The decline in the labour participation of the 16 to 24 age group that could easily be explained by the lack of jobs for that sector and they have simply returned to live with their parents. They are simply waiting for the recovery to reach them. I suspect that is also happening amongst older baby boomers moving back with their retired parents.

    As for avoiding the next Depression. I doubt that. Such claims are premature. So far all of the efforts have gone into saving the financial system. Very little has trickled down to main street. House prices falls had been arrested by the massive intervention into the MBS market. The problem is that unless the real economy improves there will be downward pressure on the housing market again and I expect that US property could fall another 20%. If the banks panic and accelerate the foreclosures then it would not surprise me if they fall as much as 40% or even more. Like the problems with the banking sector all the Fed efforts have been to kick the can down the road. There are now even more bubbles to implode and I doubt that the right response will be undertaken. I still expect the US to fall into a depression as all the mal-investment needs to be written off so that a new start can be achieved.

    Housing speculation in europe was mainly confined to a few countries. Ireland and Spain had a huge construction boom. They now have a spectacular bust. In the last quarter of 2008 or 2009 only 135 homes were sold in all of Spain. Ireland and Spain like the US has large numbers of properties built that will probably never be lived in, in huge ghost developments. Germany has had very stable property prices and that protected it from a domestic property problem. Its banks have however been dabbling everywhere else, so have exposures to every toxic asset known. All the EU bailouts have benefited the german banks. Germany suffered when world trade collapsed but now that it has recovered Germany is doing well again, benefiting from a weak euro caused by the PIIGS. Germany's problems will begin when the sovereign defaults pile up and wipe out its banking system.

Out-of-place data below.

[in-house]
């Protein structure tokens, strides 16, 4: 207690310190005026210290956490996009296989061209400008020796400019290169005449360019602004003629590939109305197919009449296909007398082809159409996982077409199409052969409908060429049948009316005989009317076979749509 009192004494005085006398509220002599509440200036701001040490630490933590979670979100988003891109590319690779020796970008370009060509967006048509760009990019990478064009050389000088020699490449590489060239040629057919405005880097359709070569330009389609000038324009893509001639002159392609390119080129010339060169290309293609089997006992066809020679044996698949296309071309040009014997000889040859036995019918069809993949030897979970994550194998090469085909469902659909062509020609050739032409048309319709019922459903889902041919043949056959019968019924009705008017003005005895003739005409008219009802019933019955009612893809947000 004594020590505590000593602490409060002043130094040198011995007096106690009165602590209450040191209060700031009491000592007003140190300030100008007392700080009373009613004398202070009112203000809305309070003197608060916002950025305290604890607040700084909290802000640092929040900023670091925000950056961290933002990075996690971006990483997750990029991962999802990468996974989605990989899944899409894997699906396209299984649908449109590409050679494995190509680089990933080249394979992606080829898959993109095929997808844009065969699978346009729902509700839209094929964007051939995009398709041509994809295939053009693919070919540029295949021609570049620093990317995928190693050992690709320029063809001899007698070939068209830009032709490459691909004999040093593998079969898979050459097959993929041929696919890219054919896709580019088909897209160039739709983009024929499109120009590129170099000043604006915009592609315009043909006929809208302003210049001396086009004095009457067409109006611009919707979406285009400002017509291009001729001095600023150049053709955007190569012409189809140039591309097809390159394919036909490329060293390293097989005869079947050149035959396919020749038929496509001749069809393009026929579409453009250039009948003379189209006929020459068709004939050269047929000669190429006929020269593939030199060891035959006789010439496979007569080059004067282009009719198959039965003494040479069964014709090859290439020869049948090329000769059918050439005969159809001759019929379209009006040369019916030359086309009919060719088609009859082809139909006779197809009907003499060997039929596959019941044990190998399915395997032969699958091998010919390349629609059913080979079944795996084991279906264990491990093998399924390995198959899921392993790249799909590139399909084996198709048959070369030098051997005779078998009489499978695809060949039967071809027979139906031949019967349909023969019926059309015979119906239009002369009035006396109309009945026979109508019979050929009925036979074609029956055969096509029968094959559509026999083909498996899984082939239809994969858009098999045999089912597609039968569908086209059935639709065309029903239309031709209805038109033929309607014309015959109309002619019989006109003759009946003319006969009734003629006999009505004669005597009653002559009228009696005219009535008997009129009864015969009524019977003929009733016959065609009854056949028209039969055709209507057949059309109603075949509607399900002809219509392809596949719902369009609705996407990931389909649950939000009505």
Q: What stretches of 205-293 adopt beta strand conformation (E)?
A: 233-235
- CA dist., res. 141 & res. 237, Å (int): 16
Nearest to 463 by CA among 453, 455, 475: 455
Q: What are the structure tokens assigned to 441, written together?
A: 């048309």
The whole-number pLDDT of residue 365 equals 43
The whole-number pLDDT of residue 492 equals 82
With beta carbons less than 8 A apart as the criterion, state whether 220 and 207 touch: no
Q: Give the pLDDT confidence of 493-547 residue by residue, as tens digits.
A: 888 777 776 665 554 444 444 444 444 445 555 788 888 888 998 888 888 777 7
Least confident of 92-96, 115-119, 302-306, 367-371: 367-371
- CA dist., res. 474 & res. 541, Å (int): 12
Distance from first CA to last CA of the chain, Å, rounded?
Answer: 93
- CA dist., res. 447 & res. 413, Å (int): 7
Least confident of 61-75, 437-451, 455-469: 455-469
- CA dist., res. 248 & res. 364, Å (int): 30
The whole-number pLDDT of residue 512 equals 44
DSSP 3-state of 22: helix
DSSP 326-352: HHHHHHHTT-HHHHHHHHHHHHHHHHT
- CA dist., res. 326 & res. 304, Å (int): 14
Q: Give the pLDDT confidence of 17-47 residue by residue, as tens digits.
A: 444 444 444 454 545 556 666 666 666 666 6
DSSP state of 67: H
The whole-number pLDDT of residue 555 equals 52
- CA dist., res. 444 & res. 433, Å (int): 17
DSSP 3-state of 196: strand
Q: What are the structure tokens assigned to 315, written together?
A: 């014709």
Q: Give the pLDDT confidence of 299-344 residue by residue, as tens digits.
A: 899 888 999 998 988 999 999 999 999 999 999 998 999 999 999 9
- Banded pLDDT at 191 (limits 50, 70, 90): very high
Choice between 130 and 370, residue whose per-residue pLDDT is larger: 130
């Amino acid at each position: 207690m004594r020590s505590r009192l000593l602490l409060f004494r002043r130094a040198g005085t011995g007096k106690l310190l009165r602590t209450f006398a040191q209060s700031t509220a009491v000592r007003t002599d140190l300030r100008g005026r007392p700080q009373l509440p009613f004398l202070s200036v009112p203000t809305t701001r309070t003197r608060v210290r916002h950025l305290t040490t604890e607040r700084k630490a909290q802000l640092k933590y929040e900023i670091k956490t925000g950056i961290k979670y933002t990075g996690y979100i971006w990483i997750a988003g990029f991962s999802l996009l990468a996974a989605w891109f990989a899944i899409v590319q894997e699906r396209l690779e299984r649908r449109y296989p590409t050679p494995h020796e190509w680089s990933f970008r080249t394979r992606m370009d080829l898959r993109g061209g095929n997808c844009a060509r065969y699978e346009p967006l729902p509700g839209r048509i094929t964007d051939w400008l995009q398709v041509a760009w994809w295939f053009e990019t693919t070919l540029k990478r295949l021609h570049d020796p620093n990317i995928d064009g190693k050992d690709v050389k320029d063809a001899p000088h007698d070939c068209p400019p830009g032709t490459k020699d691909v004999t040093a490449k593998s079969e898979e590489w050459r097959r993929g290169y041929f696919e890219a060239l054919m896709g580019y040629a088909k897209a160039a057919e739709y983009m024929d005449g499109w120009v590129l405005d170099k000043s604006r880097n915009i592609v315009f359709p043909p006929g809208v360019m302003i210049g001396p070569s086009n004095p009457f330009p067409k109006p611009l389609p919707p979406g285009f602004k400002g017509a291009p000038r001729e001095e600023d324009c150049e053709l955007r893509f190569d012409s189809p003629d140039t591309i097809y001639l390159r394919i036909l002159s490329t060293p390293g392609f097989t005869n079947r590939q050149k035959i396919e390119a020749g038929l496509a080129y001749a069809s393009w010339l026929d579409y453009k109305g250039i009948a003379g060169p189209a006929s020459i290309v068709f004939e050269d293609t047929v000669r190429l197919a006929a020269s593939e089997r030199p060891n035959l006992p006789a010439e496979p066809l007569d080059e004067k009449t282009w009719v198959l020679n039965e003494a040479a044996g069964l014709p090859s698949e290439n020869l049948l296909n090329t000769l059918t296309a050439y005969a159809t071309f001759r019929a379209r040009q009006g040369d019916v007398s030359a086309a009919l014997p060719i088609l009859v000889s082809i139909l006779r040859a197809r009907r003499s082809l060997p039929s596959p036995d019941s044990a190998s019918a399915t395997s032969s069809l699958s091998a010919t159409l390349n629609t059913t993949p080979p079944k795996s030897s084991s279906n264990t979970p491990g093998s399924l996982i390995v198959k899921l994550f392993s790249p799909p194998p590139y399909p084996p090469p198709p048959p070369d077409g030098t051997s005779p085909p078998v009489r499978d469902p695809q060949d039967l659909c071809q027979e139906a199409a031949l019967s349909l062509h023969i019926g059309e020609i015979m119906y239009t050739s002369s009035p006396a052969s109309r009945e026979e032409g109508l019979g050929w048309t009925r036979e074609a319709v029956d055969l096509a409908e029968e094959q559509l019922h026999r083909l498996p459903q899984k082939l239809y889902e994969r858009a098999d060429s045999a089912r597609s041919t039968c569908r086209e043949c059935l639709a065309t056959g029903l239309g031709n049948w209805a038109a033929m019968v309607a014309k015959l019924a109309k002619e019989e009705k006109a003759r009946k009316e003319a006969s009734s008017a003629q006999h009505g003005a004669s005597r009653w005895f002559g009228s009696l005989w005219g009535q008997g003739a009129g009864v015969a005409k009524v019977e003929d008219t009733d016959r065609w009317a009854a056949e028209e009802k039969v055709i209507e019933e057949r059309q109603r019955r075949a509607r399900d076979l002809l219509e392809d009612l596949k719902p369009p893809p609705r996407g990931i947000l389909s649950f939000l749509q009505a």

The trouble in Tunisia should be a wake up call to all governments. The problems started over unemployment officially only 13% but unofficially double. It mirrors the US. Unemployment officially only 9.4% but in reality closer to 20%. So how long before serious social unrest hits the US?

    History tells us one thing that if you do not learn from the mistakes of the past then you are doomed to repeat them. The US is still at the same stage as in 1931/32 but there is no New Deal coming. There is even greater inequality and that could be a trigger for social unrest. The fact that US unemployment figures no longer count many does not mean that they have gone away. A program to create jobs will be needed soon.

  2. I absolutely agree that full employment is much lower than conventionally thought. The so-called "Natural Rate of Unemployment" is now exposed as a joke, since it relies on changes in inflation to tell us where it is, and inflation is fully exposed as driven by things other than the unemployment rate.